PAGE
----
Usually a Claimant will go to the Social Security office, in person, and meet with a Claim Representative. During that interview, the Claimant will provide information including prior work history and medical information, to enable the process of gathering supporting information to begin. You may also contact the SSA by phone, or complete an application online at the website for SSA, www.ssa.gov. If you use an attorney, the attorney CANNOT sign your application for you.

No. There is no waiting period, and you may file as soon as you become disabled. Although you may not be aware, when you become disabled, of how long your disability may last (as SSA requires that it last for 12 months in order to qualify) there is no problem with filing early, since the process for determining disability may take many months. If you have suffered a severe and permanent injury, or are diagnosed with a medical condition that is expected to be permanent or fatal, do not hesitate to file your claim for disability immediately.

Yes you can, however there are limits that are placed on your benefits to avoid you received double compensation. The Social Security benefits will be reduced or offset, by the amount of the worker’s compensation benefits, so that you will not end up receiving more than a set percentage of your prior average weekly wages. The offset differs from state to state.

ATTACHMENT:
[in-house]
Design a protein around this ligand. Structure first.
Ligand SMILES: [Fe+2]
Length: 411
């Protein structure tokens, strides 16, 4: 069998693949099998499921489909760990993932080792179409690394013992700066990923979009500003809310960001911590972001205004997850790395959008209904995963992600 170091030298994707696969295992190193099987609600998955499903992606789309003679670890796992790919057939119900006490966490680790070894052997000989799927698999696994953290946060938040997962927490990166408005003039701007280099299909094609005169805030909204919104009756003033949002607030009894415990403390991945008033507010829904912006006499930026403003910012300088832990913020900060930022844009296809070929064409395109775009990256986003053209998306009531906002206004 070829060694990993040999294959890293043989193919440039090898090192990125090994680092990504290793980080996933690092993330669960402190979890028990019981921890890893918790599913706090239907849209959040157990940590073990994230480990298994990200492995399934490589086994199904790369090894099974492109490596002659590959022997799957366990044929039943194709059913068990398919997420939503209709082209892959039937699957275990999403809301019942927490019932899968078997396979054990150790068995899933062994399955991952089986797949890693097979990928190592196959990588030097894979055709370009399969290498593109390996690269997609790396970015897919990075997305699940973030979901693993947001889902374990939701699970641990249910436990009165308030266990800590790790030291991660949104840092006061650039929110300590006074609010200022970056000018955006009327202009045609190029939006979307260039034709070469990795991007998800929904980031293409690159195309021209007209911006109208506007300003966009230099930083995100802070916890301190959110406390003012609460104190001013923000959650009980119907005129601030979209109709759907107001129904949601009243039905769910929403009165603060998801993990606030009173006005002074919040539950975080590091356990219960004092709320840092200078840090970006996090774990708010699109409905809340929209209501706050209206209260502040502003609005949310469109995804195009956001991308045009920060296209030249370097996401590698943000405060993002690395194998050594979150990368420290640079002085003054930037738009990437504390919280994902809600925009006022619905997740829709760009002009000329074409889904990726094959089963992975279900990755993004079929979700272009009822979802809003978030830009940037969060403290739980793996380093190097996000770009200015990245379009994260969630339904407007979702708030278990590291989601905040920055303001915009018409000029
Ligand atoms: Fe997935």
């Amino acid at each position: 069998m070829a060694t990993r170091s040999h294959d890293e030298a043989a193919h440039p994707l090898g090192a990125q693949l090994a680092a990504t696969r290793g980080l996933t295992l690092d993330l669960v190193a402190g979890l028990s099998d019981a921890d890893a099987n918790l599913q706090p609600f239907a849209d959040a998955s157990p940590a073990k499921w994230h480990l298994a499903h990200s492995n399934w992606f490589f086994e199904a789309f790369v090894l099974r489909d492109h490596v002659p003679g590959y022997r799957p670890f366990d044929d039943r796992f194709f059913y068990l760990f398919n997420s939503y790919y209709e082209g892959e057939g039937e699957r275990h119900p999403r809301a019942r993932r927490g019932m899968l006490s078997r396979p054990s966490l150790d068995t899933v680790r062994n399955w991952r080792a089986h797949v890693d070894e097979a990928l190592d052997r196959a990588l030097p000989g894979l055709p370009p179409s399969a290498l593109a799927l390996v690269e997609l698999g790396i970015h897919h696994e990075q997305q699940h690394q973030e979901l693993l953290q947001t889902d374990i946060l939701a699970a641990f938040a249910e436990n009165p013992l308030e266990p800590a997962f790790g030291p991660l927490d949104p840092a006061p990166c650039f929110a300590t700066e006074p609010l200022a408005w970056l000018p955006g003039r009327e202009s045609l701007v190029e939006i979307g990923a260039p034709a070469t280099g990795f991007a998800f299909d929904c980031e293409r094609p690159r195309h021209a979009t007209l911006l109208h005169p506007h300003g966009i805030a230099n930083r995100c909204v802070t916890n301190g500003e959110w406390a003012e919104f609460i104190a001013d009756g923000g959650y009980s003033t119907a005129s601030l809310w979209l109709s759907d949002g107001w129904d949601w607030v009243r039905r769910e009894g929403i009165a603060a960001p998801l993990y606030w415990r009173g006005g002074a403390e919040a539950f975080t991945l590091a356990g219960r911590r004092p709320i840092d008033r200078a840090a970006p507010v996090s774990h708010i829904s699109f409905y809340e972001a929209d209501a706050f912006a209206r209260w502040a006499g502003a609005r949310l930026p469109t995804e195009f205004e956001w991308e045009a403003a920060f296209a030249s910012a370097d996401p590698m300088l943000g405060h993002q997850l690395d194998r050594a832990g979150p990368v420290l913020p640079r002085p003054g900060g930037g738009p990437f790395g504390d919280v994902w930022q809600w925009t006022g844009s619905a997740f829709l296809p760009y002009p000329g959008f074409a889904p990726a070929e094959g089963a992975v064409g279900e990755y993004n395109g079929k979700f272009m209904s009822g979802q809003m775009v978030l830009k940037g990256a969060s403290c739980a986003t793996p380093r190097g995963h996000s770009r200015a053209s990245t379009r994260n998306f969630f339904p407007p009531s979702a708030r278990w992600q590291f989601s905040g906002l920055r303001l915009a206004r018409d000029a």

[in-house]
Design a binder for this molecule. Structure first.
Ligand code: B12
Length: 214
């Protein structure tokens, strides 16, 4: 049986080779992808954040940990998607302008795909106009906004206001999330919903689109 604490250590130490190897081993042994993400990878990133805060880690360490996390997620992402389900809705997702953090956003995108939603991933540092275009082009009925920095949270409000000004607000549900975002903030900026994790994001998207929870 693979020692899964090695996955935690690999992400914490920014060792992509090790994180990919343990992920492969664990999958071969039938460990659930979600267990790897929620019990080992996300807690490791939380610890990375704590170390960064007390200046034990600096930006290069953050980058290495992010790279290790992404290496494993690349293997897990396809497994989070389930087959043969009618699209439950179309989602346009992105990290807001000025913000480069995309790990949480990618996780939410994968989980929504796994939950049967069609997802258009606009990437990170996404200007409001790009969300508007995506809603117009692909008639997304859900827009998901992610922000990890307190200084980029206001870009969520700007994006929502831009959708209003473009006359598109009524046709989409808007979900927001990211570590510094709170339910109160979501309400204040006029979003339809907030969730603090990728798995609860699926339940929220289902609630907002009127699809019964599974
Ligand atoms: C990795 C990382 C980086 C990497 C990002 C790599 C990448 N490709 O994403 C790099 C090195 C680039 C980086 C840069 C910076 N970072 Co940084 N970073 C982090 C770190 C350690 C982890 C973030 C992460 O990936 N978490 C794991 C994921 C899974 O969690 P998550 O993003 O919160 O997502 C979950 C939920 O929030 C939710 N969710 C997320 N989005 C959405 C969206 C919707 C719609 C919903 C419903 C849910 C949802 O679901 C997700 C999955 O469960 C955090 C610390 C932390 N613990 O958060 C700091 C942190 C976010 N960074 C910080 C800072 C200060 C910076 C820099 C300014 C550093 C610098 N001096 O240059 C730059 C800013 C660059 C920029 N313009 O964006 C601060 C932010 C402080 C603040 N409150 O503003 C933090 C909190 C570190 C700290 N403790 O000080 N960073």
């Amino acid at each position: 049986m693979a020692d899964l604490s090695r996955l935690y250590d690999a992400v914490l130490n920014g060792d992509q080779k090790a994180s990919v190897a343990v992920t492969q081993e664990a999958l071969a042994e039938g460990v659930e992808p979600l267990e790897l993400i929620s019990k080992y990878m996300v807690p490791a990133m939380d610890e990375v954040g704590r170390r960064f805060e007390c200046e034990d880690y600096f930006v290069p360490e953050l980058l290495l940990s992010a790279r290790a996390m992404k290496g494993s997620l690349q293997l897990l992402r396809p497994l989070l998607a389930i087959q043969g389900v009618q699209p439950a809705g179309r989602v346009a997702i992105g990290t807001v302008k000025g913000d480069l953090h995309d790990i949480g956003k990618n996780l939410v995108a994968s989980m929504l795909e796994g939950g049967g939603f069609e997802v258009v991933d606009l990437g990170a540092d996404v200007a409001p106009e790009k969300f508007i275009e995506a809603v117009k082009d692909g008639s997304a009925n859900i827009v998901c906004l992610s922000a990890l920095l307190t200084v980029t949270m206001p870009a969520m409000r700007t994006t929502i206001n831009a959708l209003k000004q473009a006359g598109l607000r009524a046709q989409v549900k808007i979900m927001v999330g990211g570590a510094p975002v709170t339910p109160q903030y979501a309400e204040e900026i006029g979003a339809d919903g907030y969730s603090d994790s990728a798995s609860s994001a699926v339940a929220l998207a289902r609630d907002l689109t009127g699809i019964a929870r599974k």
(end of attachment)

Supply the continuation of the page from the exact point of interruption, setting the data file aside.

The determination of disability is made either by the Disability Determination Services agency of your state, or by and Administrative Law Judge at the SSA level. There a multitude of factors that go into the disability determination, and you cannot predict whether you will be determined to qualify. There are certain catastrophic medical conditions that may make it highly likely that you will be found to be disabled, however it is best to discuss your individual case with a social security disability lawyer, such as those atEpstein, Sandler & Flora, PC. to get an understanding of what will be needed to be proven in your case.